SpeakerWilliam Corrin, Director of K-12 Education, MDRC
Date & time
LocationThis is a Virtual Event.
In his work over the past couple of decades, William Corrin has sought to contribute to the improvement of education through the application of research. In the course of this work, he found himself reflecting repeatedly on three concepts that have mattered for doing this work well: relevance, rigor, and relationships. In this presentation, he will discuss these three concepts, their interdependence, and how they connect to doing meaningful and sustainable education research.
EPI is proud to present a series of education policy talks given by esteemed researchers, policy makers, and / or practitioners.
About the speaker
William Corrin is the Director, K-12 Education, for MDRC. Corrin came to MDRC in 2004 and has been leading experimental and quasi-experimental evaluations of reforms and interventions at the secondary school level. He is currently leading a national evaluation of Academic Language Interventions. In addition, he is leading an implementation study and the evaluation design phase of the CareerWise Colorado apprenticeship-program model. Corrin led a national evaluation of Communities In Schools’ whole-school and targeted services that seek to reduce dropout rates and increase the school persistence of young people and directed the national experimental evaluation of the Diplomas Now secondary school reform program. He has also led two random assignment evaluations of adolescent literacy interventions. He directed the Evaluation of the Content Literacy Continuum, a literacy-across-the-curriculum framework for high school reform, and the Enhanced Reading Opportunities Study, an evaluation of supplemental reading classes for ninth-graders. In addition, Corrin has participated in MDRC’s work on college-readiness programs in high schools, and leads MDRC’s K-12 Education Policy Area.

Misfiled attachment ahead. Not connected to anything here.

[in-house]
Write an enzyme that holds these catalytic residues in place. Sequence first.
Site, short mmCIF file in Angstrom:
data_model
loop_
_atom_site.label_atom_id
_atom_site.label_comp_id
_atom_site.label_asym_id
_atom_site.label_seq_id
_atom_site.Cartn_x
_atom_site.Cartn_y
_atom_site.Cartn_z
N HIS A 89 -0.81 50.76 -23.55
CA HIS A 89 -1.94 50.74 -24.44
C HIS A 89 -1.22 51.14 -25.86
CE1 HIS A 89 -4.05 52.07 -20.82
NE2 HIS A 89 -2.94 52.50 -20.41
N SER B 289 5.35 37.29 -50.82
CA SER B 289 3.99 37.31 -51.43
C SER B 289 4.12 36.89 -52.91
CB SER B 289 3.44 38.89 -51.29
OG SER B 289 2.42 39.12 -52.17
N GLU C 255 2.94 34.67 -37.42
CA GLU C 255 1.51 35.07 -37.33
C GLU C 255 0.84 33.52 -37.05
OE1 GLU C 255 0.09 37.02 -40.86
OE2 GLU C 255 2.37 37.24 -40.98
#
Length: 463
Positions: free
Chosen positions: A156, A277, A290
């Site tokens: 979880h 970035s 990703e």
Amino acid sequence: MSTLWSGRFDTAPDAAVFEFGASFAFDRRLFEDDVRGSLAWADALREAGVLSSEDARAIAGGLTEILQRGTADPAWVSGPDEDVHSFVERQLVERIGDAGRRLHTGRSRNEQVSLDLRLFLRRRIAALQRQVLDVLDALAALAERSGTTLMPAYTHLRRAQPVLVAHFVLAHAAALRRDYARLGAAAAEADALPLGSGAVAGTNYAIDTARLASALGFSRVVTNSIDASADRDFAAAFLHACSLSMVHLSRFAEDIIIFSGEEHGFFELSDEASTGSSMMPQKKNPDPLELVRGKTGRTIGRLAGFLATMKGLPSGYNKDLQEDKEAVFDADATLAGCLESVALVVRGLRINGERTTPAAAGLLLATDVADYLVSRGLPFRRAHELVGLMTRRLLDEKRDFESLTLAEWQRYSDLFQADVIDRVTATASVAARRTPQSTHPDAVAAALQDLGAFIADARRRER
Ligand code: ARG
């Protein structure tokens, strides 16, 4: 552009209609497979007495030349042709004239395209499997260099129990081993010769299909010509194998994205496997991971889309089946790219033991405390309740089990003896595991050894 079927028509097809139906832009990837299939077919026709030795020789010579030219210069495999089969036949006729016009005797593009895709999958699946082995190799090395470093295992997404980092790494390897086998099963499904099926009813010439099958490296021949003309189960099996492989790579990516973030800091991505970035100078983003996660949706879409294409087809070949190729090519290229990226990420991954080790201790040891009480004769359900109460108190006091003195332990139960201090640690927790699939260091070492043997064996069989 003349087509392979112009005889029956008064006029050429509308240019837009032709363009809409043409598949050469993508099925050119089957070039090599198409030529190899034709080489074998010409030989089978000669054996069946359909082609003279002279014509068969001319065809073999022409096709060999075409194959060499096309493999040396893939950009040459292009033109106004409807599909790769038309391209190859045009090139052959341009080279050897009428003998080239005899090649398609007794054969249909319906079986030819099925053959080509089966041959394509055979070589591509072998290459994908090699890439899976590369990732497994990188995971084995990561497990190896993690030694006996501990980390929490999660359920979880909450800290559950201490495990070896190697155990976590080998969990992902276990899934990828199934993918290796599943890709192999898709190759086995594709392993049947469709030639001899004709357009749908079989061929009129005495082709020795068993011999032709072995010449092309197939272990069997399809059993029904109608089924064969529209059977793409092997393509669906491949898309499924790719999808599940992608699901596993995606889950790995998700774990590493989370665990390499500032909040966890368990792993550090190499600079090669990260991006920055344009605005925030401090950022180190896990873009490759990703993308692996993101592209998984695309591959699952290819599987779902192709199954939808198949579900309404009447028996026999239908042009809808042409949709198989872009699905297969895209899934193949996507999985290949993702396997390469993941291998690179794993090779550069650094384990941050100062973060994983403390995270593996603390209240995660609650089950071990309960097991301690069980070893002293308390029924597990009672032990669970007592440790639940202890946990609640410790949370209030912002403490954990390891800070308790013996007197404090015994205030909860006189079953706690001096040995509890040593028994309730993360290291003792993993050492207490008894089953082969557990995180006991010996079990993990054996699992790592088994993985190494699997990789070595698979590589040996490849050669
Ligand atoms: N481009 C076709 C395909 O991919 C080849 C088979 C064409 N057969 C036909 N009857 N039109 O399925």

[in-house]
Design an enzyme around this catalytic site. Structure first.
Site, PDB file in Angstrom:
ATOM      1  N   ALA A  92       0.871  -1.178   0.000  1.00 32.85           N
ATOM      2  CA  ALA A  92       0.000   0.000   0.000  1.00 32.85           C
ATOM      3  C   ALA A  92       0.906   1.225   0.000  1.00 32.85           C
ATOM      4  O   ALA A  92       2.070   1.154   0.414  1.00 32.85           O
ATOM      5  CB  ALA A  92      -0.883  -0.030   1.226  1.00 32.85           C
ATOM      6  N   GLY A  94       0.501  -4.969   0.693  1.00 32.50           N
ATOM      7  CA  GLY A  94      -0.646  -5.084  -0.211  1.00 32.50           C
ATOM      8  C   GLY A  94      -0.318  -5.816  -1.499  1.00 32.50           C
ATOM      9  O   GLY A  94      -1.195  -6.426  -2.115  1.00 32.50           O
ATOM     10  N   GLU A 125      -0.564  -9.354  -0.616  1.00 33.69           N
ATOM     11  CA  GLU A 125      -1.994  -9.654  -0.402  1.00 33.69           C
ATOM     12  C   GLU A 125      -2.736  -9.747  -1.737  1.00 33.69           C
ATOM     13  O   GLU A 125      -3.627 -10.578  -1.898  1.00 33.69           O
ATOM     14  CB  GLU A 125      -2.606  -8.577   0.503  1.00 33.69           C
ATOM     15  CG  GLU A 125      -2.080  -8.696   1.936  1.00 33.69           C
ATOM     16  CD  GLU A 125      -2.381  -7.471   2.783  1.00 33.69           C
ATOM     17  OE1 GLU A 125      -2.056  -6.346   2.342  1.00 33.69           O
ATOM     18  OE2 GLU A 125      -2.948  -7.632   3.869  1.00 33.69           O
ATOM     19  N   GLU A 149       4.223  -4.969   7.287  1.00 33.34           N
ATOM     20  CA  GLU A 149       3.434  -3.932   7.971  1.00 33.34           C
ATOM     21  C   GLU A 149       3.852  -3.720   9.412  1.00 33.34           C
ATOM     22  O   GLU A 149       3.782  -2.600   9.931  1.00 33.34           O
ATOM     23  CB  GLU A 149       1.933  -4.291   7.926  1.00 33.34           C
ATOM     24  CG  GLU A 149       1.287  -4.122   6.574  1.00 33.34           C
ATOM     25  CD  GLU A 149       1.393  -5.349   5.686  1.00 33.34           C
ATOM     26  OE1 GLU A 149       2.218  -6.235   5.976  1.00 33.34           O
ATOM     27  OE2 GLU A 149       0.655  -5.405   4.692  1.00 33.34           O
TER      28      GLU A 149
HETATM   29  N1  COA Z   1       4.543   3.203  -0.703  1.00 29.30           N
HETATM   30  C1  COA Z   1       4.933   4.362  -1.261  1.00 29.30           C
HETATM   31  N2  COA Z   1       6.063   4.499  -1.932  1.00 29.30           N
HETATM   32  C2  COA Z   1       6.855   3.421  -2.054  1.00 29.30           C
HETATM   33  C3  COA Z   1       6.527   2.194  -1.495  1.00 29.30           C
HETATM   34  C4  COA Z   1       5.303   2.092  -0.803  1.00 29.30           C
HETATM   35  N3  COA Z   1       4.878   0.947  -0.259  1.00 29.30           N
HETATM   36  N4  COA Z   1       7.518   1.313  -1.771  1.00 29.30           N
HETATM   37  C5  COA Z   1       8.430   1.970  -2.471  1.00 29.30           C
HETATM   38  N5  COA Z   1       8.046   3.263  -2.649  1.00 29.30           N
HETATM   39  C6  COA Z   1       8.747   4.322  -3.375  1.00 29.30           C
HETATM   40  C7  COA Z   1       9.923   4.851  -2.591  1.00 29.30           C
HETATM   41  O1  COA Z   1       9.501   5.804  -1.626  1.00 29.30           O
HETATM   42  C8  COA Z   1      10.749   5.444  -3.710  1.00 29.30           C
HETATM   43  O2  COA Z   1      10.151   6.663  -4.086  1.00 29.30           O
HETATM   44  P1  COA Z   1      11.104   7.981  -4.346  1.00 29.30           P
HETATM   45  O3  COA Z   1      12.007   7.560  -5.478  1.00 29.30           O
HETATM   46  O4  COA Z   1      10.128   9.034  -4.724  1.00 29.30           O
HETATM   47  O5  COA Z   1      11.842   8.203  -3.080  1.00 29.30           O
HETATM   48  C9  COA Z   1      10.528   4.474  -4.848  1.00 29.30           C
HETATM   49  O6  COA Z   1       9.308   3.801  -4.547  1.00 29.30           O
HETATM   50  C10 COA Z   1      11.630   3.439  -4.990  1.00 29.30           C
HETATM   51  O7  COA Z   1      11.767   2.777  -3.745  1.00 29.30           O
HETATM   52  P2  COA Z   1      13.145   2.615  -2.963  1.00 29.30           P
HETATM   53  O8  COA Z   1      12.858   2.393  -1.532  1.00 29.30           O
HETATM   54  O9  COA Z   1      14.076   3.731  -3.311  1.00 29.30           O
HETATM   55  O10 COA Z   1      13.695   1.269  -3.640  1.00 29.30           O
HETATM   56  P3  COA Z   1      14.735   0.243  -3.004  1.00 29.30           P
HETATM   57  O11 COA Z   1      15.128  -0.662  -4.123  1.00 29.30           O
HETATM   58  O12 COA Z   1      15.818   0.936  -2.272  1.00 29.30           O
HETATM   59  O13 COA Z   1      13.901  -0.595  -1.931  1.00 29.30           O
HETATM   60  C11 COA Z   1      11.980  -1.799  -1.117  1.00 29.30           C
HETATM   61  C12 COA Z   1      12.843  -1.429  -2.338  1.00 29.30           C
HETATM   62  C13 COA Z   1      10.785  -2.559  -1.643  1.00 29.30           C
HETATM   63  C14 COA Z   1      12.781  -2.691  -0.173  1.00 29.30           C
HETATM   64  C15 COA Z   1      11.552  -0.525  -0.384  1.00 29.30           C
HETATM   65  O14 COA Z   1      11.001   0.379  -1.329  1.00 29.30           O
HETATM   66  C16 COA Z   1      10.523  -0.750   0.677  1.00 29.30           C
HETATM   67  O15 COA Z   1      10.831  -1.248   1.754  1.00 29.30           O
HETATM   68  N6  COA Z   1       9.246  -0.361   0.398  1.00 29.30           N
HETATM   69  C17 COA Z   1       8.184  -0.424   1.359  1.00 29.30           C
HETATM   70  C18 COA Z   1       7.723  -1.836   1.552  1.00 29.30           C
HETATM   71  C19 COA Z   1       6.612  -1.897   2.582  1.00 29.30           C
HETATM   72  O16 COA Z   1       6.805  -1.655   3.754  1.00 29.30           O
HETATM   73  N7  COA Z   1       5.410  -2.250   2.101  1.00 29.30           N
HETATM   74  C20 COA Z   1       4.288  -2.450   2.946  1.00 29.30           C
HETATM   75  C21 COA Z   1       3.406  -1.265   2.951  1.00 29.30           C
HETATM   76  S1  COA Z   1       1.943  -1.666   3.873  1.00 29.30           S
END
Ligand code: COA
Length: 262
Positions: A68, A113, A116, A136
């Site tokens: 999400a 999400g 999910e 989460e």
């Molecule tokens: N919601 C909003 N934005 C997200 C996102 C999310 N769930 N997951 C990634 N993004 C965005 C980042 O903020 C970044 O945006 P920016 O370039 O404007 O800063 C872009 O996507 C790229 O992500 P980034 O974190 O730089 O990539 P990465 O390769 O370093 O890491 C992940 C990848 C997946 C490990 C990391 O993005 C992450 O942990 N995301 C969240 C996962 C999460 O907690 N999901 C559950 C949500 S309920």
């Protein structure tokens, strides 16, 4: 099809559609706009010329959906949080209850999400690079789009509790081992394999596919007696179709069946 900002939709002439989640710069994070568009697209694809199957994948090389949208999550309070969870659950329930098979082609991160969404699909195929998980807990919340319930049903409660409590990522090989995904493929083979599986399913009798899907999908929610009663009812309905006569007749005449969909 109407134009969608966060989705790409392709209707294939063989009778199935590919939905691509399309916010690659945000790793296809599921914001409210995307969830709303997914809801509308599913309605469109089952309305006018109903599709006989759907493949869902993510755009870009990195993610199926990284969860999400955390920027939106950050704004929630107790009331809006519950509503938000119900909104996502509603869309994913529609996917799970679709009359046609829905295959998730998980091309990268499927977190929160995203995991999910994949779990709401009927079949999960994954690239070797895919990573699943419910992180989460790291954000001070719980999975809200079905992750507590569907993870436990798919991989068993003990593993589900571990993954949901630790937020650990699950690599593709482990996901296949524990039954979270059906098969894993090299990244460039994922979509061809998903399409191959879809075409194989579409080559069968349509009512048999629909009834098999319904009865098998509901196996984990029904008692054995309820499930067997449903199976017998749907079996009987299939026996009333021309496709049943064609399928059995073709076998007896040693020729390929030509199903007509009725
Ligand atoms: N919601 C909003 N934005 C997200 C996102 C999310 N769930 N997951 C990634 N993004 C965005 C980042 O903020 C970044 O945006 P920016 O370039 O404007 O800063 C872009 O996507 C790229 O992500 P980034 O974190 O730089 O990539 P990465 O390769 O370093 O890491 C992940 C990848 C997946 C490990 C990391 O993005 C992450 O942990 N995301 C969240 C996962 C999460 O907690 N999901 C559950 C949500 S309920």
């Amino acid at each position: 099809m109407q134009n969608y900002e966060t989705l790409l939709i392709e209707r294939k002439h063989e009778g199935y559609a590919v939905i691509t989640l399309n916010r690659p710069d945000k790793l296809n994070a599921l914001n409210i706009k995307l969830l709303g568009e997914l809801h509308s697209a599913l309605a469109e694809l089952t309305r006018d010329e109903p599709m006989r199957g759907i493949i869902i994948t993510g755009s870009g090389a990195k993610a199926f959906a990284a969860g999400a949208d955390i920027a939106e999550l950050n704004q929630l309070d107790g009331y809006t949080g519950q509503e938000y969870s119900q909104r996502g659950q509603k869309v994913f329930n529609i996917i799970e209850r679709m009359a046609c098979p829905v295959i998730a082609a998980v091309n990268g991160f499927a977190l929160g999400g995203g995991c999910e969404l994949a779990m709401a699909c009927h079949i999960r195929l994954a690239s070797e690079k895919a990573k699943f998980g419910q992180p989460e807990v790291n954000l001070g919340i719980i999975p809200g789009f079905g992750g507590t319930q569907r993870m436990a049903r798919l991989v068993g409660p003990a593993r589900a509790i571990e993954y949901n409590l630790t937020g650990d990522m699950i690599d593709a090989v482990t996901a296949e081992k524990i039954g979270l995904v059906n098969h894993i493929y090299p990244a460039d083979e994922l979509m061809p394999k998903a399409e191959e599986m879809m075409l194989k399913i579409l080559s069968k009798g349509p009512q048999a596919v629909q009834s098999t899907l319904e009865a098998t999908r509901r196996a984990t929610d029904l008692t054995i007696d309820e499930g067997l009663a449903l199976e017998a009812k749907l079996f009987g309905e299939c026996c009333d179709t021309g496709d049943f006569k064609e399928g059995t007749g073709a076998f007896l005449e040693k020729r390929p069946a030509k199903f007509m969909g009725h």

About MDRC: MDRC is committed to finding solutions to some of the most difficult problems facing the nation — from reducing poverty and bolstering economic self-sufficiency to improving public education and college graduation rates. We design promising new interventions, evaluate existing programs using the highest research standards, and provide technical assistance to build better programs and deliver effective interventions at scale. We work as an intermediary, bringing together public and private funders to test new policy-relevant ideas, and communicate what we learn to policymakers and practitioners — all with the goal of improving the lives of low-income individuals, families, and children.